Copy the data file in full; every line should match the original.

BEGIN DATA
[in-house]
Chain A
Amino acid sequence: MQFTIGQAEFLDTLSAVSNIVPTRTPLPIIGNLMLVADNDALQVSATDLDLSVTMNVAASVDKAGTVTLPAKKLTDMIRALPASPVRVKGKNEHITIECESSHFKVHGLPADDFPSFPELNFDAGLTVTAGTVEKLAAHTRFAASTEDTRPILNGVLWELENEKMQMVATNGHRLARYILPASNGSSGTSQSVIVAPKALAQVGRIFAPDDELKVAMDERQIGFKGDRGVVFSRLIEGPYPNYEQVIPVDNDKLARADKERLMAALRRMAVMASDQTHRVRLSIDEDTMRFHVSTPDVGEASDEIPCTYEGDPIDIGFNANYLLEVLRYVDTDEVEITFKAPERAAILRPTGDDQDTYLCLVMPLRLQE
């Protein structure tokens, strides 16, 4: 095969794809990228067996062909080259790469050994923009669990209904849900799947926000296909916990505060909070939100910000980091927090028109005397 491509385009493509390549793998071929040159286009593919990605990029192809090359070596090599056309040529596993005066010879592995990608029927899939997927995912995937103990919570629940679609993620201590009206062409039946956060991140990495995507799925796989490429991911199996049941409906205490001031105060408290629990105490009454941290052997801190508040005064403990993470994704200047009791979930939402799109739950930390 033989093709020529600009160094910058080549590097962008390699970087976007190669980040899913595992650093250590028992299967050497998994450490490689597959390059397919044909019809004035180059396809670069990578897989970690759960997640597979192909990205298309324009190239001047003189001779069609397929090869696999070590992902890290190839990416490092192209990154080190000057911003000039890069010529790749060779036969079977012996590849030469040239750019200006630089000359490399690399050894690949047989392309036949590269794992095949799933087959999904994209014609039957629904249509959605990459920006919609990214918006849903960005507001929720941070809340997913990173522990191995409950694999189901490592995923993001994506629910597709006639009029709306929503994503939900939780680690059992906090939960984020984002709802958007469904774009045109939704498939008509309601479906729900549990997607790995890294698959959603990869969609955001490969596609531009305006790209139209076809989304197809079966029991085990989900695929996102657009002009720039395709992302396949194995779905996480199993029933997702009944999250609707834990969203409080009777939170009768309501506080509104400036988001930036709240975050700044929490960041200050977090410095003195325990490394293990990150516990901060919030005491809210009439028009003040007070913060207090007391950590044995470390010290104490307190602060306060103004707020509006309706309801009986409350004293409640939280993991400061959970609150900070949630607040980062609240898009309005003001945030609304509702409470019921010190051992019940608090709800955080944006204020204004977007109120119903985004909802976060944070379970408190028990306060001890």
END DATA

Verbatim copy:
[in-house]
Chain A
Amino acid sequence: MQFTIGQAEFLDTLSAVSNIVPTRTPLPIIGNLMLVADNDALQVSATDLDLSVTMNVAASVDKAGTVTLPAKKLTDMIRALPASPVRVKGKNEHITIECESSHFKVHGLPADDFPSFPELNFDAGLTVTAGTVEKLAAHTRFAASTEDTRPILNGVLWELENEKMQMVATNGHRLARYILPASNGSSGTSQSVIVAPKALAQVGRIFAPDDELKVAMDERQIGFKGDRGVVFSRLIEGPYPNYEQVIPVDNDKLARADKERLMAALRRMAVMASDQTHRVRLSIDEDTMRFHVSTPDVGEASDEIPCTYEGDPIDIGFNANYLLEVLRYVDTDEVEITFKAPERAAILRPTGDDQDTYLCLVMPLRLQE
């Protein structure tokens, strides 16, 4: 095969794809990228067996062909080259790469050994923009669990209904849900799947926000296909916990505060909070939100910000980091927090028109005397 491509385009493509390549793998071929040159286009593919990605990029192809090359070596090599056309040529596993005066010879592995990608029927899939997927995912995937103990919570629940679609993620201590009206062409039946956060991140990495995507799925796989490429991911199996049941409906205490001031105060408290629990105490009454941290052997801190508040005064403990993470994704200047009791979930939402799109739950930390 033989093709020529600009160094910058080549590097962008390699970087976007190669980040899913595992650093250590028992299967050497998994450490490689597959390059397919044909019809004035180059396809670069990578897989970690759960997640597979192909990205298309324009190239001047003189001779069609397929090869696999070590992902890290190839990416490092192209990154080190000057911003000039890069010529790749060779036969079977012996590849030469040239750019200006630089000359490399690399050894690949047989392309036949590269794992095949799933087959999904994209014609039957629904249509959605990459920006919609990214918006849903960005507001929720941070809340997913990173522990191995409950694999189901490592995923993001994506629910597709006639009029709306929503994503939900939780680690059992906090939960984020984002709802958007469904774009045109939704498939008509309601479906729900549990997607790995890294698959959603990869969609955001490969596609531009305006790209139209076809989304197809079966029991085990989900695929996102657009002009720039395709992302396949194995779905996480199993029933997702009944999250609707834990969203409080009777939170009768309501506080509104400036988001930036709240975050700044929490960041200050977090410095003195325990490394293990990150516990901060919030005491809210009439028009003040007070913060207090007391950590044995470390010290104490307190602060306060103004707020509006309706309801009986409350004293409640939280993991400061959970609150900070949630607040980062609240898009309005003001945030609304509702409470019921010190051992019940608090709800955080944006204020204004977007109120119903985004909802976060944070379970408190028990306060001890």